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Probably what was meant was:
1. Create a table for courses, where each record is a course
2. Define your value list to display the list of courses in that table (probably use the course ID as the primary field and also display the course name, but configure the list to show the name only)
3. Set the value list to display on a course ID field on the layout where the course selection is made; this way when a course is selected, the (hidden in the list) course ID is posted into that field, establishing the relationship link
With the list onstructed as per step 2, each new course added to the table is automaticaly added to the list (or conversely removed, if a course is deleted).
Hope that makes sense.
It makes great sense. I am just wondering from a more technical point of view if it is actually better.
Adding the course to the value list versus adding the course to a layout?
How much do you want to be involved in data entry?
You don't add records to a layout; you add them to a table. What keywords is describing is often referred to as a "domain" table (because it defines the "domain" a particular value can take). Often, in a very simple system with few users, there's not much difference from a maintenance perspective. However, once the number of records starts to grow, and especially once the number of users starts to grow, you can be overwhelmed with the need to keep the value list up to date. That takes you away from doing things that really do require your time.
Another big problem with managing things via direct editing of the value list is version control. If you make your upgrades happen in a development environment, then move the old database out and the new one in, you'll always have to remember to capture the value list(s) from the old database via copy-and-paste if you use static lists. On the other hand, if you use tables with records, you can manage those tables just like you manage any other data during migration.
The solution, therefore, is to provide the means for users to do it themselves. You give them the value list, then give them a button to "Add new course" or "Edit list". This then pops up a list view of all possible options (which is the domain table). They make their edits, then those edits become part of the value list from then on. The key: You don't have to get involved.
Of course, you'll want to provide some traps to prevent bad things from happening - like duplicate entries, deletions, or whatever business rules dictate. Often, these value lists are built by "DBAs" or "Super Users" - people who have elevated privileges and have been trained how not to screw things up.
Hope that answers the question.
Here here to all of Mike's post. A variation on Mike's opening question, and broadly the focus of his final paragraph, would be: "How much do you want to CONTROL data entry?" My point here being who can add courses? what naming conventions do you want to follow? etc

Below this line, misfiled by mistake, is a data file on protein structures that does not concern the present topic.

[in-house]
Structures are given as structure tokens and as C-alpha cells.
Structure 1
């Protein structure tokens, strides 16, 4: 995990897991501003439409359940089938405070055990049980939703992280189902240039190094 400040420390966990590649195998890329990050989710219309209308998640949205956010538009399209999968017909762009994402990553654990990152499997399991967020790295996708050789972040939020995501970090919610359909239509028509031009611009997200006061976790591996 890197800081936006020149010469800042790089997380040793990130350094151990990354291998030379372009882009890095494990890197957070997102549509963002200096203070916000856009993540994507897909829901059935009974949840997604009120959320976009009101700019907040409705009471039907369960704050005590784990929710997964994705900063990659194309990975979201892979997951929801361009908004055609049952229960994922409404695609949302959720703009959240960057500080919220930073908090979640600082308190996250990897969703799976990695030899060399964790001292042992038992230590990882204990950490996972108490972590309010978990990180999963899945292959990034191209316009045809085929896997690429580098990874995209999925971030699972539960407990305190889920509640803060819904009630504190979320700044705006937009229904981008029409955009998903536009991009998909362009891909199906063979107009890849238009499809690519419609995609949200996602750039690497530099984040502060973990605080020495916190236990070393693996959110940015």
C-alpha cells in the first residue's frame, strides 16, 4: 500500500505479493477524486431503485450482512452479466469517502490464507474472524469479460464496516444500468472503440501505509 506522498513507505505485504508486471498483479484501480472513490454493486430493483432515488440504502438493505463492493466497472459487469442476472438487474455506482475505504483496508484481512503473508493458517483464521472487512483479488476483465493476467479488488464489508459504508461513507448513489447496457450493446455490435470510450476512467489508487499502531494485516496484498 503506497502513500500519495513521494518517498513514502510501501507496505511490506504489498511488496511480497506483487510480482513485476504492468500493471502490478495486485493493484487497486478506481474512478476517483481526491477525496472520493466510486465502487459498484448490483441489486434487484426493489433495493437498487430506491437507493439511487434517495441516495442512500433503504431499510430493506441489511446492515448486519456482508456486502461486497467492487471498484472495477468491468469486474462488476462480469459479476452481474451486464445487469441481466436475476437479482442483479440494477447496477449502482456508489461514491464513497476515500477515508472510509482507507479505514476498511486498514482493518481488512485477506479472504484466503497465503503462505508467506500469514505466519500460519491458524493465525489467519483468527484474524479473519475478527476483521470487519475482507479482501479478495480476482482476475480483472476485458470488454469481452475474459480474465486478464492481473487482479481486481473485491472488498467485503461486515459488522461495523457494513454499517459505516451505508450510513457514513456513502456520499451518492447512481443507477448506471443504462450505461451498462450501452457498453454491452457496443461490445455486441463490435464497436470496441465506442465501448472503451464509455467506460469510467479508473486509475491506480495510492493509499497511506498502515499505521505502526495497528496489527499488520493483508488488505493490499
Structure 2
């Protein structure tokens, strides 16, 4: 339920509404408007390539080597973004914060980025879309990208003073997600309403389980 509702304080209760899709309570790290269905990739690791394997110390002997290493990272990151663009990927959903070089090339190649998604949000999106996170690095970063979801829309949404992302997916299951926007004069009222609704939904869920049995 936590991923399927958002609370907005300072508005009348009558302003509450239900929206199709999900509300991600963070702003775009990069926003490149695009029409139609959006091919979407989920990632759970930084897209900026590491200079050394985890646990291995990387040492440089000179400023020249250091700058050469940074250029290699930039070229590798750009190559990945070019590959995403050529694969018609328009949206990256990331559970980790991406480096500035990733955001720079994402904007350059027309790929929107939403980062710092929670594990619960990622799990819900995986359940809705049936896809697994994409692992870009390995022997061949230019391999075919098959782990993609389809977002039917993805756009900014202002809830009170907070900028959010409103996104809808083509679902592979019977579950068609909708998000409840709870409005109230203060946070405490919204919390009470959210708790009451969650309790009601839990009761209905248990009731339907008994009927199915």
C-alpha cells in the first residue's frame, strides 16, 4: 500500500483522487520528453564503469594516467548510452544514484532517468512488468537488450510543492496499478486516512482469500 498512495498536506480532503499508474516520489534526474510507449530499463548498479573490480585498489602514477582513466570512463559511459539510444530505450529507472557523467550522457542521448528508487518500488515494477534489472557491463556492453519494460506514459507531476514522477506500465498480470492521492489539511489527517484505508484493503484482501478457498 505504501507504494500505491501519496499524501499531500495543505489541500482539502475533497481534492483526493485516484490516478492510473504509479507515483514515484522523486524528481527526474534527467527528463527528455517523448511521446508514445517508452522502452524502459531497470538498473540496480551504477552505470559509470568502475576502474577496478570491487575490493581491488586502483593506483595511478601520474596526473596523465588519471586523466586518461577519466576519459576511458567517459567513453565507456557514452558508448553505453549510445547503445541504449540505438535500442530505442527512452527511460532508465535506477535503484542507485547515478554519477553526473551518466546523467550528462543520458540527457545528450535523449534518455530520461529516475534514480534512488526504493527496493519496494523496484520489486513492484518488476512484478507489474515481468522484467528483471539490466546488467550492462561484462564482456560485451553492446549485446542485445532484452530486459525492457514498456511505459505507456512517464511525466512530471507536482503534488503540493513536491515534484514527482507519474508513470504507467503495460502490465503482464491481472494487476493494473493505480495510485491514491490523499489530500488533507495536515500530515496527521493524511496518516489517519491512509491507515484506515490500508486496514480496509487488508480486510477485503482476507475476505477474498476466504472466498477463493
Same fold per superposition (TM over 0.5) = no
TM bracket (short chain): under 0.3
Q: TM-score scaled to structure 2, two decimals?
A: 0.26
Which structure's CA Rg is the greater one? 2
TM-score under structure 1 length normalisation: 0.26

To my way of thinking it is easier to control and manage a table than a value list. For simple value lists that are unlikely to change and are purely for data entry purposes (such as Yes/No or the like) then a custom value value list is fine, but I would definitely look to a table-based list. This table may, in due course, simplify other processing such as course level statistics, etc in addition to your immediate need to generate a list of courses.
True. Easy to maintain a table of values. And I do for some lists. However... We do have a 'sort-by-valuelist' option in the sort dialog. And sometimes you need a sort that is NOT alphanumeric. These must be in the VL definitions.
I have clients with lists of measurements. (in. ft. yd. for example) We don't want the feet to sort (alpha) before the inches! And in the fields used to select these values, the order is most important.
Just keep that in mind when determining where to store your values.
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Totally agree. I have a situation where, in a cashbook report I want Income fields to sort before expenditure fields, and the simplest way to accomplish this is a codes value list which is created for this specific purpose.
This is a good point. There are some tricks you can use to get around this, but they're likely to be arcane for the average user to manage. So if you need the non-alphanumeric sort, a custom list may be the best option.
Thank you. This is just what I was looking for. Thanks to keywords as well. There definitely needs to be some control as historical data is still valid if students want their old Certificates re-printed or to know what the name of the course they studied was. I also can't have anybody changing the data, only people doing specific roles.